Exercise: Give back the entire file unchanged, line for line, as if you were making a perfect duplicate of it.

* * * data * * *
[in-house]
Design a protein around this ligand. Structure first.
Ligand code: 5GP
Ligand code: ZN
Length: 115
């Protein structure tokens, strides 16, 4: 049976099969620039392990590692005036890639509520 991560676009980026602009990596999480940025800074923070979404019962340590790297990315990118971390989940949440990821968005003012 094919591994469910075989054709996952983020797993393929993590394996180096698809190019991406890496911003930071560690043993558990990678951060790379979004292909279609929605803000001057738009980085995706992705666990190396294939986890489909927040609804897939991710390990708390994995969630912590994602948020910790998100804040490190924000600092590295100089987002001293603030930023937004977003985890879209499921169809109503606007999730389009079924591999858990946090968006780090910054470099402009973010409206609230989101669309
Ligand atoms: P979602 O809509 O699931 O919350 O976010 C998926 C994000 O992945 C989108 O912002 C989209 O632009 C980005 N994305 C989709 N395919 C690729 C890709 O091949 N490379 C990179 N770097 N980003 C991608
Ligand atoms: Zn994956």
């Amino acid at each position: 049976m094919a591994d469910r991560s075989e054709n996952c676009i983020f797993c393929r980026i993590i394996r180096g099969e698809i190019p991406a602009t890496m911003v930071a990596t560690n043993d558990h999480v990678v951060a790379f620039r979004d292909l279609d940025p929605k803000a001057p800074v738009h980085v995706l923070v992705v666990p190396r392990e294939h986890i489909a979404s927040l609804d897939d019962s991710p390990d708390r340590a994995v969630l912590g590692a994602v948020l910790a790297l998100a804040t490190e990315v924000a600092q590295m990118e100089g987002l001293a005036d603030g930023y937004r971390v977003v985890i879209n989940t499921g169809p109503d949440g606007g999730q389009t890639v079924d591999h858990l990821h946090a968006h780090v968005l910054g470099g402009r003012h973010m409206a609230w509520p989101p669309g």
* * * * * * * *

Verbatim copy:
[in-house]
Design a protein around this ligand. Structure first.
Ligand code: 5GP
Ligand code: ZN
Length: 115
């Protein structure tokens, strides 16, 4: 049976099969620039392990590692005036890639509520 991560676009980026602009990596999480940025800074923070979404019962340590790297990315990118971390989940949440990821968005003012 094919591994469910075989054709996952983020797993393929993590394996180096698809190019991406890496911003930071560690043993558990990678951060790379979004292909279609929605803000001057738009980085995706992705666990190396294939986890489909927040609804897939991710390990708390994995969630912590994602948020910790998100804040490190924000600092590295100089987002001293603030930023937004977003985890879209499921169809109503606007999730389009079924591999858990946090968006780090910054470099402009973010409206609230989101669309
Ligand atoms: P979602 O809509 O699931 O919350 O976010 C998926 C994000 O992945 C989108 O912002 C989209 O632009 C980005 N994305 C989709 N395919 C690729 C890709 O091949 N490379 C990179 N770097 N980003 C991608
Ligand atoms: Zn994956």
């Amino acid at each position: 049976m094919a591994d469910r991560s075989e054709n996952c676009i983020f797993c393929r980026i993590i394996r180096g099969e698809i190019p991406a602009t890496m911003v930071a990596t560690n043993d558990h999480v990678v951060a790379f620039r979004d292909l279609d940025p929605k803000a001057p800074v738009h980085v995706l923070v992705v666990p190396r392990e294939h986890i489909a979404s927040l609804d897939d019962s991710p390990d708390r340590a994995v969630l912590g590692a994602v948020l910790a790297l998100a804040t490190e990315v924000a600092q590295m990118e100089g987002l001293a005036d603030g930023y937004r971390v977003v985890i879209n989940t499921g169809p109503d949440g606007g999730q389009t890639v079924d591999h858990l990821h946090a968006h780090v968005l910054g470099g402009r003012h973010m409206a609230w509520p989101p669309g």